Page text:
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Corn Belt moves north as planting practices shift

Corn Belt moves north as planting practices shift

Climatologist Elwynn Taylor

Climatologist Elwynn Taylor discusses changing climate and planting trends at the Peoria Farm Show.

PEORIA, Ill. — Corn growers who used to be the center of it all aren’t today. The Corn Belt is on the move, a climatologist told farmers attending the Greater Peoria Farm Show Nov. 27.

In 1950, the center of the Corn Belt in was Springfield, Ill. Half the corn produced in the “belt” was grown north of Springfield, half south; half west and half east of the state’s capital city, said Elwynn Taylor, Iowa State University Extension climatologist.

From 1964-69, Peoria — about 75 miles north — was the center of the Corn Belt, but as the climate and planting practices shifted, the central location for corn acres jumped northwest to

Iowa City, Iowa, in 2012 and continues to trend north.

“Forty years ago, if someone told me Minnesota would be the top corn producing state in the Corn Belt, I would have laughed,” Taylor said.

Corn acres are rapidly increasing in North and South Dakota as well as Minnesota, he said. Part of the change is due to climate shifts.

“Climate is always changing,” he said.

However, Illinois farmers are still masters in corn growing. USDA’s National Agricultural Statistics Service data in November showed that Illinois led in corn production in the Corn Belt, breaking its state record with a 210 bu./acre average this year.

“It’s the highest it’s ever been,” Taylor said.

Iowa compares at 198 bu./acre this year; Missouri, 145 bu./acre; and national, 178.9 bu./acre.

Washington state still sees higher corn yield averages (225 bu./acre this year), and Taylor doesn’t expect that to change. It’s the cooler nights that make the difference, he said. In the evenings, there is a 30-degree drop from daytime temperatures during silking and dent stage. In Illinois, that difference is only 20 degrees during the grain filling period.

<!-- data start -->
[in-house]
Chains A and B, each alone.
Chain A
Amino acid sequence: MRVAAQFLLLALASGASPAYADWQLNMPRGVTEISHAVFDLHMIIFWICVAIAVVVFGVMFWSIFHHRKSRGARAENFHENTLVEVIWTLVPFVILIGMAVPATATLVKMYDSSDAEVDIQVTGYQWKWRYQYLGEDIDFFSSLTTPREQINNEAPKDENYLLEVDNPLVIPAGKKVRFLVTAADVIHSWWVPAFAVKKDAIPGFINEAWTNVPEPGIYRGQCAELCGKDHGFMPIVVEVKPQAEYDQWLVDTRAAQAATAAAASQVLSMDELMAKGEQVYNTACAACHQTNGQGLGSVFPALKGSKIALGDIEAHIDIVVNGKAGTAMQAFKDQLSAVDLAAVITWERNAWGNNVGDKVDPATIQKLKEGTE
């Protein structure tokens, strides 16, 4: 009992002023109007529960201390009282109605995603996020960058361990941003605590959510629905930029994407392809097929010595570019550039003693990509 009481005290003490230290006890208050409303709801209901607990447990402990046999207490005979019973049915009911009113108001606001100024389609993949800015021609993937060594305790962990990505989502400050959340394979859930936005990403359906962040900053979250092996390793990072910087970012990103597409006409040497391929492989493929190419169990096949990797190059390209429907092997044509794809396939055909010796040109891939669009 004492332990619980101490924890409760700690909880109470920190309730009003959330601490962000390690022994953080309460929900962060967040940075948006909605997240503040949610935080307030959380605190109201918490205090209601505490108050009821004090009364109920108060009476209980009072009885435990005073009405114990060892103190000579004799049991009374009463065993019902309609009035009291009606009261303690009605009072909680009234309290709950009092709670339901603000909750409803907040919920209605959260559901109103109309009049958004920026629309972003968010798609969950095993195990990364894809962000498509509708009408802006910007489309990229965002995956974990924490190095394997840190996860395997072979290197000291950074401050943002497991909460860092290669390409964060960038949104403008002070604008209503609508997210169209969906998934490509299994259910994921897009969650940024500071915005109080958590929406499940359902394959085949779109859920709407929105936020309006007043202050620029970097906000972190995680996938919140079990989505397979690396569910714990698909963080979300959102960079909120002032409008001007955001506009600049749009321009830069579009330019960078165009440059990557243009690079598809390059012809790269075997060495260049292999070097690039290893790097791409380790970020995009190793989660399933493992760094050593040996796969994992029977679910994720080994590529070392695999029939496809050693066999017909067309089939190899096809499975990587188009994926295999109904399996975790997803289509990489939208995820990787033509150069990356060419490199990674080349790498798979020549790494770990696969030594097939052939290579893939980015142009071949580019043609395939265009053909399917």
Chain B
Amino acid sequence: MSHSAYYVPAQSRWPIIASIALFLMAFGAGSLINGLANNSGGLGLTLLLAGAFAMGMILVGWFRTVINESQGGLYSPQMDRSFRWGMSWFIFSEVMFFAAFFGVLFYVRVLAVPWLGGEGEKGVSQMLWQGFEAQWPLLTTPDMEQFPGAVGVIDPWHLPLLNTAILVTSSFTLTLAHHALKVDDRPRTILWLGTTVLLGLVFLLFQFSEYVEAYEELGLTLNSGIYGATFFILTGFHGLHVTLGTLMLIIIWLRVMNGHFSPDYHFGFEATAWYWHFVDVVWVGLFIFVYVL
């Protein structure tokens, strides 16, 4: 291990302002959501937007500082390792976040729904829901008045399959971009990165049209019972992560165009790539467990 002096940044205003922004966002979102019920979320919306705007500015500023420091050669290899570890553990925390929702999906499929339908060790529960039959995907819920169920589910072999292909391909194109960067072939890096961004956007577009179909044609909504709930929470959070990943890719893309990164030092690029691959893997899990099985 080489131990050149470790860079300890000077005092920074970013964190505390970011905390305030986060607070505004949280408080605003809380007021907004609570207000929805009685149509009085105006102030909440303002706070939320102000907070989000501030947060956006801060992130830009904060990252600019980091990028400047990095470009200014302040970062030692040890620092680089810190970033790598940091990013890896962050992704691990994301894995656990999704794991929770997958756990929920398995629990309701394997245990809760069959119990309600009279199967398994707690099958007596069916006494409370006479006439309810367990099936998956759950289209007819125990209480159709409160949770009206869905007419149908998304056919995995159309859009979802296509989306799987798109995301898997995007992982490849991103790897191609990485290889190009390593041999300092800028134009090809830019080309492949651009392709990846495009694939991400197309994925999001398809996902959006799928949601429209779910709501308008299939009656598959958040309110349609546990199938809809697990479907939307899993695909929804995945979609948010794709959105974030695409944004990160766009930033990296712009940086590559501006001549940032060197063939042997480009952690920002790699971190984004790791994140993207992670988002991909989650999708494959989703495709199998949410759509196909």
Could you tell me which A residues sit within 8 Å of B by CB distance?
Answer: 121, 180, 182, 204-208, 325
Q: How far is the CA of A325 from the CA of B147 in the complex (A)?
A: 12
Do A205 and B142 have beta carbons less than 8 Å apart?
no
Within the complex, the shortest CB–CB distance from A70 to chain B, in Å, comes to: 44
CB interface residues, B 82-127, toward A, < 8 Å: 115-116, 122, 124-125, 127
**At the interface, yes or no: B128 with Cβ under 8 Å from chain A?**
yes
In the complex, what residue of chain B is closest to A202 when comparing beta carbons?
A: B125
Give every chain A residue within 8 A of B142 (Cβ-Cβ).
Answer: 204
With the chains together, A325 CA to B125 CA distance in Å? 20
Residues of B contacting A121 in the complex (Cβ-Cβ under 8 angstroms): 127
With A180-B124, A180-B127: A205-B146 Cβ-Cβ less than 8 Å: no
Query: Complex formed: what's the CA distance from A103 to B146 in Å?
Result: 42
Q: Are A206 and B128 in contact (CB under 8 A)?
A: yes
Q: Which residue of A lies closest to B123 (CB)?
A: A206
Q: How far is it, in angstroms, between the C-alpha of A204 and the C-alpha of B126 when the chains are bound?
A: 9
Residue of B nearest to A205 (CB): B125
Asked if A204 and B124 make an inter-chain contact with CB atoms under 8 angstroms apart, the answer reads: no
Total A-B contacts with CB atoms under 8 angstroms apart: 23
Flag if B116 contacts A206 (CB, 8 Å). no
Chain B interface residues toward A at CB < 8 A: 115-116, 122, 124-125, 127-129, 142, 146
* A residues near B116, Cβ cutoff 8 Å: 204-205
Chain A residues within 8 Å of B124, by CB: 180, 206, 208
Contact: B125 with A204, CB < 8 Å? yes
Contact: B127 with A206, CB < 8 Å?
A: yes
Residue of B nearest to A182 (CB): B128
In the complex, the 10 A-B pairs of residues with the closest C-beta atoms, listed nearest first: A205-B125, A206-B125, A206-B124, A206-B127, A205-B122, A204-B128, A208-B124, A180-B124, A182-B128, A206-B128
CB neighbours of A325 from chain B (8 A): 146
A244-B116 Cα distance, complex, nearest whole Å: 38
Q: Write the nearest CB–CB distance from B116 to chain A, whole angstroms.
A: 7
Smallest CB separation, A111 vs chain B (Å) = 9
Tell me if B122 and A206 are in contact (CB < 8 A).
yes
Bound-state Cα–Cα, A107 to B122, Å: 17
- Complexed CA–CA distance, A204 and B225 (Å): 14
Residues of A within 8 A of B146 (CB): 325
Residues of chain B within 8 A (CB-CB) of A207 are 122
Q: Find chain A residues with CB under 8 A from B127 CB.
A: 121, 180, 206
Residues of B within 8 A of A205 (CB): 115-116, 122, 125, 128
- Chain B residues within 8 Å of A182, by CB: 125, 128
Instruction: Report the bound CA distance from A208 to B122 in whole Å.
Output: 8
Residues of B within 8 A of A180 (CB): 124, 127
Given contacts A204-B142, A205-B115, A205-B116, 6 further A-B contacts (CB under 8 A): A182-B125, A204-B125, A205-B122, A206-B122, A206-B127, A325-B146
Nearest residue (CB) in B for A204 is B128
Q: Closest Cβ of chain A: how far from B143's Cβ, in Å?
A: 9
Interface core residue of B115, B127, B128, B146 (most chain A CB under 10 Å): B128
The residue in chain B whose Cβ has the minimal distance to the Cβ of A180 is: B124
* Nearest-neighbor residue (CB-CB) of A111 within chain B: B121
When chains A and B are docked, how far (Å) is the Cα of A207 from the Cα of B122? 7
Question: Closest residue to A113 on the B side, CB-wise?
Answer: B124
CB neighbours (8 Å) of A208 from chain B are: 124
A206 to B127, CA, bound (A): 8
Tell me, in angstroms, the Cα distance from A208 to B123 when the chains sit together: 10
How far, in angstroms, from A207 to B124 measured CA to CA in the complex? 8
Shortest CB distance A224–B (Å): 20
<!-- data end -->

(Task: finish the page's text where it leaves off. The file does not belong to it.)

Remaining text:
The corn takes more time to mature and produces higher yields when growing degree days are spread over more calendar days, Taylor said.

Others are noticing the same detail, including Randy Dowdy, a world-record holder for corn yields in who has harvested 503 bu./acre crops at his farm in Georgia. At the Peoria Farm Show, Dowdy said that keeping the corn cooler at nights during its development stages increases yields.

“He sprinkles cold well water to bring the temperature down,” Taylor said.

While Taylor recognizes that choosing the right hybrid is important, the success of new hybrids “is not independent of weather,” he said, showing yield charts to prove his point.

Weather is cyclical, he said, with about 25 years of good weather, in general, and 25 years of volatile weather followed by 25 years of consistent weather. Illinois is currently in the volatile weather period, he said.

About every 89 years, for the past 600, there is a drought period that is the worst of the century. A devastating drought struck U.S. farmers in 1936, after the worst one in a century 89 years earlier in 1847, he said. That trend going forward would indicate that the drought of the century would be in 2025. It might be a year or two either way, Taylor said.

“Mother Nature doesn’t read Elwynn’s book,” he joked.

He encouraged farmers to record their yields and look at the weather correlations. That information is helpful in making marketing decisions. He encourages charting a farm’s yield history. Money can be made by interpreting charts.

When the USDA puts out its yield estimates, it always affects the market significantly. But they have only been correct four times since they started doing the estimates in 1964.

“In 1992, ’93, ’94 and ’95 they were way wrong,” he said.

Farmers who can look at weather and can better project if the USDA estimate is high or low will have an advantage in marketing, Taylor said.

“You can understand the crop better than anyone else,” Taylor said.

Those on Wall Street can take advantage of the minute ups and downs in prices, but farmers can gauge a season better with their experience.

“If you pay attention, you can tell where the markets will go,” he said.

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Phyllis Coulter is Northern Illinois field editor, writing for Illinois Farmer Today, Iowa Farmer Today and Missouri Farmer Today.

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